I worked at Purl, our knitting store, for a few years before Purl Patchwork opened. One of the mantras I was always telling beginning knitters was, "don't worry you can always rip it out." In other words, there was no permanent mistake, everything could be easily unraveled and tried again.
However, I never thought of sewing this way until recently. I approached ripping out seams with brute force and no technique, sometimes using scissors, sometimes using the dull seam ripper that came with my machine. Every time I tried to rip out a seam I ended up with pulled fabric and a chewed up looking edge. For this reason the ultra sharp Clover Seam Ripper was a revelation. Joelle showed me the proper (and much easier) way to rip out a seam and I haven't looked back. None of my more ambitious projects would have come out well without it!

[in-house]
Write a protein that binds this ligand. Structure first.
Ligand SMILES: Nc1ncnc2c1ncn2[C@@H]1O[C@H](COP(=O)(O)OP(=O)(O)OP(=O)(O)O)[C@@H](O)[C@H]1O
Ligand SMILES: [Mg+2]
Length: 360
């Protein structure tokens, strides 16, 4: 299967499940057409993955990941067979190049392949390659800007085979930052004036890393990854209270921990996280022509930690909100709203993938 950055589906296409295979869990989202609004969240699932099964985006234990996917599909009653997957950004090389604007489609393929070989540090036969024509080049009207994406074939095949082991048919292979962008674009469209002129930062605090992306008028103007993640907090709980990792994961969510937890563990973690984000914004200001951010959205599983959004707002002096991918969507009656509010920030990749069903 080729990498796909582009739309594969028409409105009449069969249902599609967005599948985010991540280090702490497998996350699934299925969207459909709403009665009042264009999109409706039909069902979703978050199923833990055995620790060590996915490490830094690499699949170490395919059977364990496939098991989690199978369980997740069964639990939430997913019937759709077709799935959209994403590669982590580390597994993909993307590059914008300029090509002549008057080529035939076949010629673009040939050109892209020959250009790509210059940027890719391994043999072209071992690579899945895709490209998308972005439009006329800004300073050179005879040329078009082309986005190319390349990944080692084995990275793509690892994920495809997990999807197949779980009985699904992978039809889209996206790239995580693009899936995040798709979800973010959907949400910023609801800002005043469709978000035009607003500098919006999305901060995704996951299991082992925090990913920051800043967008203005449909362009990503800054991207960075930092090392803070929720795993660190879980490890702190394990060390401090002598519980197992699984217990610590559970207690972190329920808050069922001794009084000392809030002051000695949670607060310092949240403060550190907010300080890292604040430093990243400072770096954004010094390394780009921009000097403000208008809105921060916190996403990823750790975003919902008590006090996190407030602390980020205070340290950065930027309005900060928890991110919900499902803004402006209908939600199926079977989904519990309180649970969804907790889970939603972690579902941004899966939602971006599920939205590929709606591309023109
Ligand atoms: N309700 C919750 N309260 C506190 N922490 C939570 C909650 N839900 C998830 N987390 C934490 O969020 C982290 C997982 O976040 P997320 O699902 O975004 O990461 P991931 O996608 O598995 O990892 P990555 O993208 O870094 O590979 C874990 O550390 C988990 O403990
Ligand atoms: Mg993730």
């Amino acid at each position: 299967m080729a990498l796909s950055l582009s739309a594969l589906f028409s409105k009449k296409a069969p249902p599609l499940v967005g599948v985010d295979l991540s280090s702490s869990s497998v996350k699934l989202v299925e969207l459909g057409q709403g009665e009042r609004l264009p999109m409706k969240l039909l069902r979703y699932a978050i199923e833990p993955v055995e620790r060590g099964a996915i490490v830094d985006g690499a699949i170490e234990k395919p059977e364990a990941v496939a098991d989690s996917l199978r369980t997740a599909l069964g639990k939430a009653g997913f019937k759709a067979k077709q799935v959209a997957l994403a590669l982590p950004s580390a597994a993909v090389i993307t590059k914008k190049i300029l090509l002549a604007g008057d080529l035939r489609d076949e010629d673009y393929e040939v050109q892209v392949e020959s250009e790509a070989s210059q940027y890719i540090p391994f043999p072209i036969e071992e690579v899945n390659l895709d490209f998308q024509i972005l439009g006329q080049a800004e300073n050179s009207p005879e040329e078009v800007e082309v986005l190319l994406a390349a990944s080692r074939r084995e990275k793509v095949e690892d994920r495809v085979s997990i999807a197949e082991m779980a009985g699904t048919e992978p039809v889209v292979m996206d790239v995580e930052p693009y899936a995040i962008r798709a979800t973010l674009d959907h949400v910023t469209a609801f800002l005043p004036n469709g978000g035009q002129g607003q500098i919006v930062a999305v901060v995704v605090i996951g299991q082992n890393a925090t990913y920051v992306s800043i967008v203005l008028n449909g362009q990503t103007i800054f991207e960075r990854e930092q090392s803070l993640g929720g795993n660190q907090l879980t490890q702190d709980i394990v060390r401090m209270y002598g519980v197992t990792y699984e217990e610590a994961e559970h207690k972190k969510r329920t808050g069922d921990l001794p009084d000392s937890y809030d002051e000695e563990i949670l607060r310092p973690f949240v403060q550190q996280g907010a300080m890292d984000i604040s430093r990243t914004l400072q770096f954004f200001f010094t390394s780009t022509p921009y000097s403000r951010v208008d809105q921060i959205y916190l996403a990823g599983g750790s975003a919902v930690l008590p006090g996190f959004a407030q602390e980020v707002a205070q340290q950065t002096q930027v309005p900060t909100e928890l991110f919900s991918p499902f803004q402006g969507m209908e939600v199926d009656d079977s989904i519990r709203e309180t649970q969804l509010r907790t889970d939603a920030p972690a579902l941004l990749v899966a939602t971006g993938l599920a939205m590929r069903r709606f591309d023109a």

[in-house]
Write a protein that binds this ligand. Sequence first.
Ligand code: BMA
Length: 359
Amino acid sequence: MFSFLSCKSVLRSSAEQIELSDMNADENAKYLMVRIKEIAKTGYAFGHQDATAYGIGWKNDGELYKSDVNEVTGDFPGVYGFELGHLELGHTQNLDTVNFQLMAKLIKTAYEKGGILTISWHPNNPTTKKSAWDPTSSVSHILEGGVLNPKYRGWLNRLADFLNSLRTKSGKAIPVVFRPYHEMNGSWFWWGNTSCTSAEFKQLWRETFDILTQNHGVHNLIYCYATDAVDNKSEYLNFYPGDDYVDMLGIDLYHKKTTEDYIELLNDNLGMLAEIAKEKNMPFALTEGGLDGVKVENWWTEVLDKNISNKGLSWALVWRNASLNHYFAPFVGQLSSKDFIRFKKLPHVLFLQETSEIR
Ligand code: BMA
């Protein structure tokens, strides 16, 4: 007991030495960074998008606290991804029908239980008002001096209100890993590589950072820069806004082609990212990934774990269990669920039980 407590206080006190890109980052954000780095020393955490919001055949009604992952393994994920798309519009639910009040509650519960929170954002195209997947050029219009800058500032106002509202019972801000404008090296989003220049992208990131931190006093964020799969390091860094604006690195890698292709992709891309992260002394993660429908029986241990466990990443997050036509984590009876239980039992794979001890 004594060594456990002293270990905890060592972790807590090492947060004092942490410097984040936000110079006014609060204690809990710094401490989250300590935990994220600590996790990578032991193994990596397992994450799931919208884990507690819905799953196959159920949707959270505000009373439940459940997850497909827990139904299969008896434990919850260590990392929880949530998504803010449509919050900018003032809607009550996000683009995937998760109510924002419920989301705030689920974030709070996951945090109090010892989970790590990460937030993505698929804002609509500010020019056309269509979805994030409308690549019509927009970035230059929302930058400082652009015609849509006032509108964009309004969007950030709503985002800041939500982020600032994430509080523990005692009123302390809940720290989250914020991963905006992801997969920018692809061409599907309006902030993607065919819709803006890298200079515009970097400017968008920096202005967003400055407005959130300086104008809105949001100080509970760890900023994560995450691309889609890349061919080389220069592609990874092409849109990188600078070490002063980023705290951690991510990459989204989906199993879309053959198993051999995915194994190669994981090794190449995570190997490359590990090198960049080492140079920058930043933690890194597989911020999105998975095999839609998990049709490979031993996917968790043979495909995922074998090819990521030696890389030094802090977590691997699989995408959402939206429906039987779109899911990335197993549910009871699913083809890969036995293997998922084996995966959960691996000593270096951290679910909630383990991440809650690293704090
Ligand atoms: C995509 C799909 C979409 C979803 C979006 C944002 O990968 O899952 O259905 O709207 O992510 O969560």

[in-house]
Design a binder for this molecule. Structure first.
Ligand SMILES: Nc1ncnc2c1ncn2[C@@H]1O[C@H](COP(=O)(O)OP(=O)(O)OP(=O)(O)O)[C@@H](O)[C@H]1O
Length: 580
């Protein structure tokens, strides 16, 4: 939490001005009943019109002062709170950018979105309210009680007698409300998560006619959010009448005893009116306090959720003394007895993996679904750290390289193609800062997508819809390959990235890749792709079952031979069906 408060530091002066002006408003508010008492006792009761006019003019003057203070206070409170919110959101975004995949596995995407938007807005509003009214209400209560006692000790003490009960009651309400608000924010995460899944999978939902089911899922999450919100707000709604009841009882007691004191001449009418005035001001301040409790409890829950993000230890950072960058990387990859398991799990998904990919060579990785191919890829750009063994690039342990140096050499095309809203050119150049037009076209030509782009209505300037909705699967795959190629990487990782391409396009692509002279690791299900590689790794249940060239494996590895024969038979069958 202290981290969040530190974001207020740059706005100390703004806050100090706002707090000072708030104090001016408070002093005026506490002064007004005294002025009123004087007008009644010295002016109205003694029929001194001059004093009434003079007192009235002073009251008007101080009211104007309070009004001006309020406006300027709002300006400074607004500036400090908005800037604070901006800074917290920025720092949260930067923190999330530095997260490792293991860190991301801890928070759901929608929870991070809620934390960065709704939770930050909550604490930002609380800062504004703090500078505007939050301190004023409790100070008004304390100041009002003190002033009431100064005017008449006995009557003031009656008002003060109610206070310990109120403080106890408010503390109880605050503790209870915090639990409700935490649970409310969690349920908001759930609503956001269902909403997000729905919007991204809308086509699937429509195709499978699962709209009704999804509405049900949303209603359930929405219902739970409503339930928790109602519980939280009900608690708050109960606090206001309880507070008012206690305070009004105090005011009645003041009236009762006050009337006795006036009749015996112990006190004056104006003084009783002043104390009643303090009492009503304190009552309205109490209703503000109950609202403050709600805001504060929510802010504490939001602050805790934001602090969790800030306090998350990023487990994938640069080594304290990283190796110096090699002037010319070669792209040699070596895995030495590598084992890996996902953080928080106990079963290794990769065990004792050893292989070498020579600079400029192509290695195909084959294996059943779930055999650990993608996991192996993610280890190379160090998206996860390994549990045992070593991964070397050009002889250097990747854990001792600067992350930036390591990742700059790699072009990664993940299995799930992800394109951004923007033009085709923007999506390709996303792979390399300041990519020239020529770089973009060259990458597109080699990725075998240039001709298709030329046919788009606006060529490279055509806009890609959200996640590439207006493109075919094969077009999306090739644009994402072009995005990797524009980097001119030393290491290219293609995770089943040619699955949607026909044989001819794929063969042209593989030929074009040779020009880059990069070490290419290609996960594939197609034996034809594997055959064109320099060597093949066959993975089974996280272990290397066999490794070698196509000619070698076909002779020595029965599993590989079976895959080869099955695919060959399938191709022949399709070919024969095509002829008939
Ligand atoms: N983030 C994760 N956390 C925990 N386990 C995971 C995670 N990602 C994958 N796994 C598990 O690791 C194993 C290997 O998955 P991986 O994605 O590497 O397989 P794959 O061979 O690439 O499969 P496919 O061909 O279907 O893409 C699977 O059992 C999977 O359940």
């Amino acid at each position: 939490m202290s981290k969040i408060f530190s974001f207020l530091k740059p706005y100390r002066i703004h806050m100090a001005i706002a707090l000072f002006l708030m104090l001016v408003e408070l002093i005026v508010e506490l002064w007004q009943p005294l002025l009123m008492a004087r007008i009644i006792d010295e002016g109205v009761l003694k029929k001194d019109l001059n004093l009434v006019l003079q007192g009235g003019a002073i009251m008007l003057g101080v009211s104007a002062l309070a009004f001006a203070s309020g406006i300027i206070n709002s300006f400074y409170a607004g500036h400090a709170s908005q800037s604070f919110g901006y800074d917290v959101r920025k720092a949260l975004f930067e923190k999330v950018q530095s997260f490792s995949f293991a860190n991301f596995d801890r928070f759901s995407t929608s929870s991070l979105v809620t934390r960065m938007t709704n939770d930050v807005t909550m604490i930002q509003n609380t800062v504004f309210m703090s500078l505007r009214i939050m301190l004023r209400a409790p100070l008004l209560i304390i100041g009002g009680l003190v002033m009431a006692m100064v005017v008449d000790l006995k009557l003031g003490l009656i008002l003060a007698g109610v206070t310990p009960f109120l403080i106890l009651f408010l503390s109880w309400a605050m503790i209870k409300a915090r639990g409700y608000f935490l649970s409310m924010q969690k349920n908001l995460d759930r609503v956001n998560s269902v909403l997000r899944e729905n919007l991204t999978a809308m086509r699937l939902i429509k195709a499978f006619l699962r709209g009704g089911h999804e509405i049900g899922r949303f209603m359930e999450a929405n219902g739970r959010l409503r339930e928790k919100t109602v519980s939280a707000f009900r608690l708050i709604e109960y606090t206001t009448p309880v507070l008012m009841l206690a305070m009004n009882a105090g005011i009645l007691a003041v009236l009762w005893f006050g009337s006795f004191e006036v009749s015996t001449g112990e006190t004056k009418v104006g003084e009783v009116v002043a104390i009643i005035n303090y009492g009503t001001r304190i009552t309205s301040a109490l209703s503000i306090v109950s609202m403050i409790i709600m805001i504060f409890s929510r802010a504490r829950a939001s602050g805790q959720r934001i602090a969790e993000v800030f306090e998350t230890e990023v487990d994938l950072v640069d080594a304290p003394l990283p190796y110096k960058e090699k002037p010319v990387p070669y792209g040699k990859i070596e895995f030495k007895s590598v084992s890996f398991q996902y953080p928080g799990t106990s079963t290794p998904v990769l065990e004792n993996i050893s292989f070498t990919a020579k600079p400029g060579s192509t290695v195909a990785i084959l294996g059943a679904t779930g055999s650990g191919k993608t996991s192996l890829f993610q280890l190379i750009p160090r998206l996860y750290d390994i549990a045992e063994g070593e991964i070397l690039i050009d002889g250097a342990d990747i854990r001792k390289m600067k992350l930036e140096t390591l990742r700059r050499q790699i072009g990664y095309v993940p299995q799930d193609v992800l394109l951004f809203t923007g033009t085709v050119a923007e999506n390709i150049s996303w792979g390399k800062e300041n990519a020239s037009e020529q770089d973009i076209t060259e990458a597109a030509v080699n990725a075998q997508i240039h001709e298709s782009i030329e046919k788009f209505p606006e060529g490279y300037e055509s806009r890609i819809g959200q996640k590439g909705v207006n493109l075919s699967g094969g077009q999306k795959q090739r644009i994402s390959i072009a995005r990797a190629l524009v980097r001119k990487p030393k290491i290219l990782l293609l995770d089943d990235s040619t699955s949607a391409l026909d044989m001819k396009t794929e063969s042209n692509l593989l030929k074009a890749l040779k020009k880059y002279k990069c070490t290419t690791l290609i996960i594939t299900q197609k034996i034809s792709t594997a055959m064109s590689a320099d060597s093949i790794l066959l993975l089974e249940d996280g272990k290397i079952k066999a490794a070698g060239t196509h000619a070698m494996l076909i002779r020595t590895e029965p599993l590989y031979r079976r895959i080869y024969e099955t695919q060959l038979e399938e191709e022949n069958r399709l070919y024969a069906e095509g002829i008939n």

Follow the pictures below to see this totally simple, totally useful little tool at work:
Here is the offending seam.
Stick the sharp tip of the seam ripper under every other stitch along the seam and push through the thread, breaking it.
Once you've ripped every other stitch along the entire length of the seam simply pull the thread on the other side of the seam. It should come off of the fabric with very little pressure.
And Voila, the seam is gone. All you need to do is brush away the little bits of thread and try again. It's so freeing to realize that no seam is permanent!
ps- The fabrics used above are from Amy Butler's lovely and luminous new collection Midwest Modern! --Molly